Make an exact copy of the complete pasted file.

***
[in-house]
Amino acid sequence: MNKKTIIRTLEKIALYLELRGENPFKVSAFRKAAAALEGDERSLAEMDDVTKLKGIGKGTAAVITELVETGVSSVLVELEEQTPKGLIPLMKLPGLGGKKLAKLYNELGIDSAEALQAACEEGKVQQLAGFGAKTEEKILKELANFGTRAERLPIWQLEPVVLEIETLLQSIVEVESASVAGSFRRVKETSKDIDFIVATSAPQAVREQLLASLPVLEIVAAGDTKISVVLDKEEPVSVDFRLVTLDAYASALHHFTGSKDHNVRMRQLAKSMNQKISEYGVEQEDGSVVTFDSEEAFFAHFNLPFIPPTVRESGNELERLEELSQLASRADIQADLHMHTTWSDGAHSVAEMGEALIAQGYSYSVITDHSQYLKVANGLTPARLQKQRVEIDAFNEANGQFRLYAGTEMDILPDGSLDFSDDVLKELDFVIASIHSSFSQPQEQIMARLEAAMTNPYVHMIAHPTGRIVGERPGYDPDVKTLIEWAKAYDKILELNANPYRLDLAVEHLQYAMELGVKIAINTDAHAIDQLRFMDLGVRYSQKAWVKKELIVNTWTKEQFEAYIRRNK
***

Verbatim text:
[in-house]
Amino acid sequence: MNKKTIIRTLEKIALYLELRGENPFKVSAFRKAAAALEGDERSLAEMDDVTKLKGIGKGTAAVITELVETGVSSVLVELEEQTPKGLIPLMKLPGLGGKKLAKLYNELGIDSAEALQAACEEGKVQQLAGFGAKTEEKILKELANFGTRAERLPIWQLEPVVLEIETLLQSIVEVESASVAGSFRRVKETSKDIDFIVATSAPQAVREQLLASLPVLEIVAAGDTKISVVLDKEEPVSVDFRLVTLDAYASALHHFTGSKDHNVRMRQLAKSMNQKISEYGVEQEDGSVVTFDSEEAFFAHFNLPFIPPTVRESGNELERLEELSQLASRADIQADLHMHTTWSDGAHSVAEMGEALIAQGYSYSVITDHSQYLKVANGLTPARLQKQRVEIDAFNEANGQFRLYAGTEMDILPDGSLDFSDDVLKELDFVIASIHSSFSQPQEQIMARLEAAMTNPYVHMIAHPTGRIVGERPGYDPDVKTLIEWAKAYDKILELNANPYRLDLAVEHLQYAMELGVKIAINTDAHAIDQLRFMDLGVRYSQKAWVKKELIVNTWTKEQFEAYIRRNK